Annie M. G. Schmidt cover

photo credits: Wikimedia Commons

Annie M. G. Schmidt

Dutch writer (1911-1995)

1911   -   1995


country of citizenship: Kingdom of the Netherlands
native language: Dutch
languages spoken, written or signed: Dutch
occupation: playwright, writer, poet, children's writer, librarian, author
award received: Hans Christian Andersen Award, Constantijn Huygens Prize, Gouden Griffel, Zilveren Griffel, Theo Thijsen Award, Cestoda price, Edmond Hustinx Prize for playwrights, Golden Harp, Publieksprijs voor het Nederlandse Boek, Golden Paintbrush, Kinderboek van het jaar, Prijs van de Nederlandse Kinderjury, Staatsprijs voor kinder- en jeugdliteratuur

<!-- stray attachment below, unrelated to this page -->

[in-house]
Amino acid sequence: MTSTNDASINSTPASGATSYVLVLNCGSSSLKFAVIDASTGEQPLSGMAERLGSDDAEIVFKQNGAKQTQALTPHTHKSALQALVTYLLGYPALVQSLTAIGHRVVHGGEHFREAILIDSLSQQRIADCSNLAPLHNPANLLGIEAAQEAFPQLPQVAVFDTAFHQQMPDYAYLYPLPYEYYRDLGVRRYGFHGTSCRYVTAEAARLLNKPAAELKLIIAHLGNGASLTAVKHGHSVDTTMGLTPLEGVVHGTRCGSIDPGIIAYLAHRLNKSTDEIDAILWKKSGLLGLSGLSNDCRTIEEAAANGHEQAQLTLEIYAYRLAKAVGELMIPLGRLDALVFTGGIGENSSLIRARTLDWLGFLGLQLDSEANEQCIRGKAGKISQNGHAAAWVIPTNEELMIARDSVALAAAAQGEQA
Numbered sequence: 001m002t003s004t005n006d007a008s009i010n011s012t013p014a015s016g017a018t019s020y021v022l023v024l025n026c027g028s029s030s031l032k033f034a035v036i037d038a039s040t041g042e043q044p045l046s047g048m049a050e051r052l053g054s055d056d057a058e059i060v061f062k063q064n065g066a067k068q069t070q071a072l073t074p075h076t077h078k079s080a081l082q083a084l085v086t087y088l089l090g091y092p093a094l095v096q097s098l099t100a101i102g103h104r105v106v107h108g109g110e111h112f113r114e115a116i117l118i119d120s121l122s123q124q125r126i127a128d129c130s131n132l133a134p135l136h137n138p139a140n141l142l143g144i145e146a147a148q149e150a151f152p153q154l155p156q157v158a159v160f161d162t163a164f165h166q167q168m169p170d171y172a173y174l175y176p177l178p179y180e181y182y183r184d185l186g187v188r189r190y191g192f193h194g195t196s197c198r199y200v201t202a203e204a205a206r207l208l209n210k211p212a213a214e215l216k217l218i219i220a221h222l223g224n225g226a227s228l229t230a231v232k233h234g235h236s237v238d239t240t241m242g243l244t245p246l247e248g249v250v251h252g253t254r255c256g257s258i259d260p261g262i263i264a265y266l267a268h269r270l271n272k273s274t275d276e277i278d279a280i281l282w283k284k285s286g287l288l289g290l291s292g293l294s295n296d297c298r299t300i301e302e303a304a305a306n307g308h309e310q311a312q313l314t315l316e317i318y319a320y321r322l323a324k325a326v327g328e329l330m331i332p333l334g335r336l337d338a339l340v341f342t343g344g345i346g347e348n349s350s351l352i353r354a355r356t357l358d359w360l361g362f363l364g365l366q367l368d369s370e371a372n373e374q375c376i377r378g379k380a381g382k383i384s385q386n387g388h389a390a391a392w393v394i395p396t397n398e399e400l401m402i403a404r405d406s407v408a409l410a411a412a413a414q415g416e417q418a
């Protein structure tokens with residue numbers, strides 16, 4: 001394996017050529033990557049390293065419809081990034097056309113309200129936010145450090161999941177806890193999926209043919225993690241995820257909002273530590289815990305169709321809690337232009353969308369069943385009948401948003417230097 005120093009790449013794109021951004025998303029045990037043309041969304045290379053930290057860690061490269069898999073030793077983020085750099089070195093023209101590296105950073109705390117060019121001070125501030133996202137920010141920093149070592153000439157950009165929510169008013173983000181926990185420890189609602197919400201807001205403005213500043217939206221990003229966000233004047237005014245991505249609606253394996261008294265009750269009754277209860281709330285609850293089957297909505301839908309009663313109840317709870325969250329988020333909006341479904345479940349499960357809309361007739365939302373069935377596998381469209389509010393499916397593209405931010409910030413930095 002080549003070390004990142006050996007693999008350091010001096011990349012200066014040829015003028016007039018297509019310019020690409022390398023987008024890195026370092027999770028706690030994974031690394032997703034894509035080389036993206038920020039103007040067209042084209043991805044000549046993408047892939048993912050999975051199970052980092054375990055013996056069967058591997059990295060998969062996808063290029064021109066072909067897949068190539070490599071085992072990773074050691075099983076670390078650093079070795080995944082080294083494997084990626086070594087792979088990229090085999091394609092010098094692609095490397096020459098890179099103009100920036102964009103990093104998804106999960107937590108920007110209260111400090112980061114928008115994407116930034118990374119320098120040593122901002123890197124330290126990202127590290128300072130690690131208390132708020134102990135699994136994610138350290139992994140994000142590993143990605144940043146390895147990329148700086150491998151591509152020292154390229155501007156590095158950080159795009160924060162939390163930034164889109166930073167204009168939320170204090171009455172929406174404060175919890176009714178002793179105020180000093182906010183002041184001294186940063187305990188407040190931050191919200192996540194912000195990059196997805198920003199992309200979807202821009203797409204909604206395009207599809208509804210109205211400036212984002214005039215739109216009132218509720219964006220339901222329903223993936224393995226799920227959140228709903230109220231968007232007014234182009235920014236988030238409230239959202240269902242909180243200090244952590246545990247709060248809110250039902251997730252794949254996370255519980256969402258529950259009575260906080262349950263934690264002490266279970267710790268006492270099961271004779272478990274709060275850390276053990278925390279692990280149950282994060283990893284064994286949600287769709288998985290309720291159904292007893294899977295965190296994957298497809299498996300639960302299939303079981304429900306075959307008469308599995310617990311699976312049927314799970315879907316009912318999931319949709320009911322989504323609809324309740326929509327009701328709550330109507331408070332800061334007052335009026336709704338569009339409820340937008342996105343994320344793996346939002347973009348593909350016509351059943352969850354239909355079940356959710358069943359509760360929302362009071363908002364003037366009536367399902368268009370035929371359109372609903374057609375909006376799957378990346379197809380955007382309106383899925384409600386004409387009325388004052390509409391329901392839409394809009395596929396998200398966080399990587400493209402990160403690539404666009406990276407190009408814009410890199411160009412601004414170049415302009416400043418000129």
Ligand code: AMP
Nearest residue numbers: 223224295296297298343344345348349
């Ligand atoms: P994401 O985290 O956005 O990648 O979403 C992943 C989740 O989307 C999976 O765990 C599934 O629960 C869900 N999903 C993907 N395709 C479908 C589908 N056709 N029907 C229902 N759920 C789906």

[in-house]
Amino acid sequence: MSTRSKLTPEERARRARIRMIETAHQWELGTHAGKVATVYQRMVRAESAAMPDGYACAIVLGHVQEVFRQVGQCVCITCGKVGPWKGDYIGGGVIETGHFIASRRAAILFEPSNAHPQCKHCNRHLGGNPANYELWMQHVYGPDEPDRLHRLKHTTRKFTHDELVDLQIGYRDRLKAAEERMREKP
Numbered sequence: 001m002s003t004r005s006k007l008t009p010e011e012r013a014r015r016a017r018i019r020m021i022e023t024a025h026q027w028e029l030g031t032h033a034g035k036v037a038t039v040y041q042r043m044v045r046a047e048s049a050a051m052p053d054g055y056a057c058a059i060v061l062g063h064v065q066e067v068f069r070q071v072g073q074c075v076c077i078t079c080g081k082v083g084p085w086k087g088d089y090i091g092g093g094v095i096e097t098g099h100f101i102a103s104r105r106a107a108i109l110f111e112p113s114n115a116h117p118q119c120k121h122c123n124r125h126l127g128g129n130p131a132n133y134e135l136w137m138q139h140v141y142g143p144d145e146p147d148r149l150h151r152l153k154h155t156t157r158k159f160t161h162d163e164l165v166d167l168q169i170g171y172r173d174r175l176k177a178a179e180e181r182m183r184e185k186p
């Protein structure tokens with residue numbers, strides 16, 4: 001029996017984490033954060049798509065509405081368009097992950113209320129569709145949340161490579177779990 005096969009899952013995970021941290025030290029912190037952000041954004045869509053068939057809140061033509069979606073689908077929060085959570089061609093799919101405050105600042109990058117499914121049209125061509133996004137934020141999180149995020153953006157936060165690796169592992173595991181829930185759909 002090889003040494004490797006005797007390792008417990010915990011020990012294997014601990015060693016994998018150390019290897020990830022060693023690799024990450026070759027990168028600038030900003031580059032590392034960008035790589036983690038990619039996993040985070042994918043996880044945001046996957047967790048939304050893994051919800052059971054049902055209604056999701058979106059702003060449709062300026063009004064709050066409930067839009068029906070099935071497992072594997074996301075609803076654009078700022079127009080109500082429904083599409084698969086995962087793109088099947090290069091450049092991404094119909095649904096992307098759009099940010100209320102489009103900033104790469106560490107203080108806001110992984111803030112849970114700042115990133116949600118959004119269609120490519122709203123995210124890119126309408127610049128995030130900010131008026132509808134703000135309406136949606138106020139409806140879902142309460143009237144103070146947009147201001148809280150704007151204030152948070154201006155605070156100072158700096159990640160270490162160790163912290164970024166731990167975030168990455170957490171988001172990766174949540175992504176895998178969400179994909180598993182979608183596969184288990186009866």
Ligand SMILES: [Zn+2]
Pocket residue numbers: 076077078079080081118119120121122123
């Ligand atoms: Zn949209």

Anna Maria Geertruida "Annie" Schmidt (20 May 1911 – 21 May 1995) was a Dutch writer. She is called the mother of the Dutch theatrical song, and the queen of Dutch children's literature, praised for her "delicious Dutch idiom," and considered one of the greatest Dutch writers. An ultimate honour was extended to her posthumously, in 2007, when a group of Dutch historians compiled the "Canon of Dutch History" and included Schmidt, alongside national icons such as Vincent van Gogh and Anne Frank.Although Schmidt wrote poetry, songs, books, plays, musicals, and radio and television drama for adults, she is known best for children's books. Her best-known work for children may be the series Jip and Janneke. Many of her books, such as Pluk van de Petteflet, were illustrated by Fiep Westendorp. Schmidt received the 1988 Hans Christian Andersen Medal for her lasting contribution as a children's writer. The biennial award conferred by the International Board on Books for Young People is the highest recognition available to a writer or illustrator of children's books.By the time she died in 1995 (of heart failure caused by euthanasia), she was an icon of the Dutch literary world, and even her death—peaceful, in the company of her friends and family—continues to be referenced in the Dutch media and played an important role in discussions of euthanasia.
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